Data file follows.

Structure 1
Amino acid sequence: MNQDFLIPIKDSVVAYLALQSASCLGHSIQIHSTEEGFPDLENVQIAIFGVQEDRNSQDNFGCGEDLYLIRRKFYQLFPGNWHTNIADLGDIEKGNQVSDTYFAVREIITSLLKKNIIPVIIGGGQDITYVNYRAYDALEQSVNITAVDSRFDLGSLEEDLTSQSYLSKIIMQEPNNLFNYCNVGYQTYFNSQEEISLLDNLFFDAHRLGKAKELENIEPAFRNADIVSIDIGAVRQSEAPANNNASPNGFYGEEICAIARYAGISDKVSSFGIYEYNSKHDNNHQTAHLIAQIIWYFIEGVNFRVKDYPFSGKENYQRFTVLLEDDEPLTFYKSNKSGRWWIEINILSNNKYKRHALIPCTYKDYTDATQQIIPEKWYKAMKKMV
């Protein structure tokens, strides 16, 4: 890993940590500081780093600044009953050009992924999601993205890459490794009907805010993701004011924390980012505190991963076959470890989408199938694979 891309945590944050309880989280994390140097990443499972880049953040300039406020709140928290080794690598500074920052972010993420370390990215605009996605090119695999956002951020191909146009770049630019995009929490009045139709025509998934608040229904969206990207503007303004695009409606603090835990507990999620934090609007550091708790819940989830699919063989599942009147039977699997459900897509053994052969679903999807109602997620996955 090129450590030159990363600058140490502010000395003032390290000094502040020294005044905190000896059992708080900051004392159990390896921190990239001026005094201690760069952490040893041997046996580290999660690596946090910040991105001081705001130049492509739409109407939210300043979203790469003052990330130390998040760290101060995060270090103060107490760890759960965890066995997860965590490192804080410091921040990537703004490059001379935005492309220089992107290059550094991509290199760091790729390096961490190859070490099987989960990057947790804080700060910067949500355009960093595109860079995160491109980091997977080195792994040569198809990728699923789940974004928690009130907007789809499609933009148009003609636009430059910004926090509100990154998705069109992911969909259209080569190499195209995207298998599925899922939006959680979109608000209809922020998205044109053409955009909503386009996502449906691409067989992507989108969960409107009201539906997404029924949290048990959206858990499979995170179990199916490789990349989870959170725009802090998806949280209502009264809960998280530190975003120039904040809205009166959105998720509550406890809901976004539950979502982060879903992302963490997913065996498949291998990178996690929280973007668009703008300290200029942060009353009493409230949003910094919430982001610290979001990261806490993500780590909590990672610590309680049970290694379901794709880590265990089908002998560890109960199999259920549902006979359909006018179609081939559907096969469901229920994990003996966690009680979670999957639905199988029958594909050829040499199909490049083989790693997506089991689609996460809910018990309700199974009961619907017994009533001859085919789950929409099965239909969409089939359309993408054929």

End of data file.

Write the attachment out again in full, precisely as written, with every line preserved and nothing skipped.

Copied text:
Structure 1
Amino acid sequence: MNQDFLIPIKDSVVAYLALQSASCLGHSIQIHSTEEGFPDLENVQIAIFGVQEDRNSQDNFGCGEDLYLIRRKFYQLFPGNWHTNIADLGDIEKGNQVSDTYFAVREIITSLLKKNIIPVIIGGGQDITYVNYRAYDALEQSVNITAVDSRFDLGSLEEDLTSQSYLSKIIMQEPNNLFNYCNVGYQTYFNSQEEISLLDNLFFDAHRLGKAKELENIEPAFRNADIVSIDIGAVRQSEAPANNNASPNGFYGEEICAIARYAGISDKVSSFGIYEYNSKHDNNHQTAHLIAQIIWYFIEGVNFRVKDYPFSGKENYQRFTVLLEDDEPLTFYKSNKSGRWWIEINILSNNKYKRHALIPCTYKDYTDATQQIIPEKWYKAMKKMV
């Protein structure tokens, strides 16, 4: 890993940590500081780093600044009953050009992924999601993205890459490794009907805010993701004011924390980012505190991963076959470890989408199938694979 891309945590944050309880989280994390140097990443499972880049953040300039406020709140928290080794690598500074920052972010993420370390990215605009996605090119695999956002951020191909146009770049630019995009929490009045139709025509998934608040229904969206990207503007303004695009409606603090835990507990999620934090609007550091708790819940989830699919063989599942009147039977699997459900897509053994052969679903999807109602997620996955 090129450590030159990363600058140490502010000395003032390290000094502040020294005044905190000896059992708080900051004392159990390896921190990239001026005094201690760069952490040893041997046996580290999660690596946090910040991105001081705001130049492509739409109407939210300043979203790469003052990330130390998040760290101060995060270090103060107490760890759960965890066995997860965590490192804080410091921040990537703004490059001379935005492309220089992107290059550094991509290199760091790729390096961490190859070490099987989960990057947790804080700060910067949500355009960093595109860079995160491109980091997977080195792994040569198809990728699923789940974004928690009130907007789809499609933009148009003609636009430059910004926090509100990154998705069109992911969909259209080569190499195209995207298998599925899922939006959680979109608000209809922020998205044109053409955009909503386009996502449906691409067989992507989108969960409107009201539906997404029924949290048990959206858990499979995170179990199916490789990349989870959170725009802090998806949280209502009264809960998280530190975003120039904040809205009166959105998720509550406890809901976004539950979502982060879903992302963490997913065996498949291998990178996690929280973007668009703008300290200029942060009353009493409230949003910094919430982001610290979001990261806490993500780590909590990672610590309680049970290694379901794709880590265990089908002998560890109960199999259920549902006979359909006018179609081939559907096969469901229920994990003996966690009680979670999957639905199988029958594909050829040499199909490049083989790693997506089991689609996460809910018990309700199974009961619907017994009533001859085919789950929409099965239909969409089939359309993408054929």